At the beginning of the week, different media claimed that around 160 U.S. troops arrived at the Habbaniyah air base to launch a ground assault on ISIS militants in Ramadi if only the Popular Crowd forces would withdraw from Anbar.
The reports were termed as baseless by the spokesman of the joint Iraqi operations, Brigadier General Yahya Rasool, and Foreign Ministry spokesman Ahmed Jamal.
Rasool said it’s the Iraqi forces that are in charge of military operations in Anbar and security related issues in other provinces, with the support of Popular Crowd forces and tribes in the Western area.
He said the arrival of the “international coalition advisers” is part of a mission to “provide military advice and coordinate raids on Daesh targets” but not ground combat.
Popular Crowd forces spokesperson Karim Al-Nouri said their forces in Anbar don’t have direct contact with the U.S. led coalition and they don’t have the intention to fight alongside them and reports about their withdrawal from Anbar “is not true.”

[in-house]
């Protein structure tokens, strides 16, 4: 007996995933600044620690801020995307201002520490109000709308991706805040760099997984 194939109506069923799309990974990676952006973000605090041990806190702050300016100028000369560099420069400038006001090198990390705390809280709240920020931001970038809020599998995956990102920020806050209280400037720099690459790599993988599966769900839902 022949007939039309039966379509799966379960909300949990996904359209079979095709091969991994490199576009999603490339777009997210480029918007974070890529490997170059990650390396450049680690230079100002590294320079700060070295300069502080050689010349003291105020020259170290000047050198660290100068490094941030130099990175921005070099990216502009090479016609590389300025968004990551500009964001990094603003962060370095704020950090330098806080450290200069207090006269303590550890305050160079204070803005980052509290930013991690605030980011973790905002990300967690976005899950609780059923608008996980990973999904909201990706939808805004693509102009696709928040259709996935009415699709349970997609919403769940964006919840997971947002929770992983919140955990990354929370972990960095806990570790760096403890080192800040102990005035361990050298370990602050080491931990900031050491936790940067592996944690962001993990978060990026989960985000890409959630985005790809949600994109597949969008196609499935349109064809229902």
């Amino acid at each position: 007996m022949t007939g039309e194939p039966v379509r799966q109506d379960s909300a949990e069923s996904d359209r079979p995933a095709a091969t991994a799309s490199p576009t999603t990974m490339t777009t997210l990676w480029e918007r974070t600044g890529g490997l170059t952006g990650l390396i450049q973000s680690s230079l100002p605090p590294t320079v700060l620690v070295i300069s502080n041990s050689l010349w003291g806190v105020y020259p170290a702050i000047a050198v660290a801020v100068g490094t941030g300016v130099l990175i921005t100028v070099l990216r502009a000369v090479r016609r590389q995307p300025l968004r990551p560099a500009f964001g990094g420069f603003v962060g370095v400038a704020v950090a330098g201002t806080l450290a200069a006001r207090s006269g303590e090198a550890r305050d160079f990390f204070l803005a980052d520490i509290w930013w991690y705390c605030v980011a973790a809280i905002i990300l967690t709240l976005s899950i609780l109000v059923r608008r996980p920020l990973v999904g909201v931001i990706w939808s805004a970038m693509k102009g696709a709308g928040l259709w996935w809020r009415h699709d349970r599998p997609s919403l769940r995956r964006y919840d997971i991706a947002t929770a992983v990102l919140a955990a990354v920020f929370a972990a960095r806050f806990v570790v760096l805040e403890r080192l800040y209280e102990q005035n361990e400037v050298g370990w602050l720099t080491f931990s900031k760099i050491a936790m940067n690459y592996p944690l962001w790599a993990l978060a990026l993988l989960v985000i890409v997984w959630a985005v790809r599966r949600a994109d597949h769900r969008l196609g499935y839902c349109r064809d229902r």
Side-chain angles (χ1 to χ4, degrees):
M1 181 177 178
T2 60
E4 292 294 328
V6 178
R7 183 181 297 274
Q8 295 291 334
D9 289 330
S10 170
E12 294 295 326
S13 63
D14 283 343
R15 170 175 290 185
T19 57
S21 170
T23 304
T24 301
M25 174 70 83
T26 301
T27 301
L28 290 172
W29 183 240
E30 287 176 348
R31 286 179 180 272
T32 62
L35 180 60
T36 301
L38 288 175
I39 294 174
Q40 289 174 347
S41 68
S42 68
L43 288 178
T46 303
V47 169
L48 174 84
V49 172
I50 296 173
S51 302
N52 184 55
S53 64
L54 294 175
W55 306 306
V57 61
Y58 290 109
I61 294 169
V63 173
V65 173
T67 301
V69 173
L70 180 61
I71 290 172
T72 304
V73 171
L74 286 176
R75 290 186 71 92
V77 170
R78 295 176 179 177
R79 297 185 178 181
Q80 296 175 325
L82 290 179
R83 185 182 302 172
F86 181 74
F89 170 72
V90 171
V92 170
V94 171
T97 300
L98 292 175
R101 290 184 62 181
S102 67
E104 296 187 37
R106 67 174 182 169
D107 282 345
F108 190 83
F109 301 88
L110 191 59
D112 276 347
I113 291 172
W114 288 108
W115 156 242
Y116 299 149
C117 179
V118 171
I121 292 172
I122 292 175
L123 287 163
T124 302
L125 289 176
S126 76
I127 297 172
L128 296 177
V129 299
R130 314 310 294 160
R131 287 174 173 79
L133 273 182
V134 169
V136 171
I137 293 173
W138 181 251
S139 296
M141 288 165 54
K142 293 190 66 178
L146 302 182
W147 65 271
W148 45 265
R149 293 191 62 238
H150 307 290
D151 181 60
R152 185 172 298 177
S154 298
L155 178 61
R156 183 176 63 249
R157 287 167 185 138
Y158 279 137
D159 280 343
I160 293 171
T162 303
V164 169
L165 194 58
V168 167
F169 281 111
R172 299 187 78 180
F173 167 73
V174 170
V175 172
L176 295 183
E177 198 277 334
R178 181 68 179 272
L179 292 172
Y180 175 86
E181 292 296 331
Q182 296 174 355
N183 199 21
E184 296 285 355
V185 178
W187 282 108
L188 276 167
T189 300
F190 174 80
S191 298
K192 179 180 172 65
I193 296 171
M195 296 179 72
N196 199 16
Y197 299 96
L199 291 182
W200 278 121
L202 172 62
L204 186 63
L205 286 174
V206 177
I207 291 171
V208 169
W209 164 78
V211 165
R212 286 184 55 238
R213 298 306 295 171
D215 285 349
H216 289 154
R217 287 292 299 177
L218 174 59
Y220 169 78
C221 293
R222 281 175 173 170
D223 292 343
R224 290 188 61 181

Coalition members ruled out sending their troops on the ground although countries like France and Australia have upgraded their role from intelligence sharing to airstrikes.
At the beginning of the month, Karim al-Nouri, a commander in the popular forces, said they will continue fighting and will not wait for anyone’s permission. He added he was convinced that the U.S. will not sacrifice its soldiers for Iraq but will continue to interfere in Iraqi affairs.
Jamal said Iraq will welcome logistic support, arms and intelligence sharing from other countries but does not need direct foreign intervention.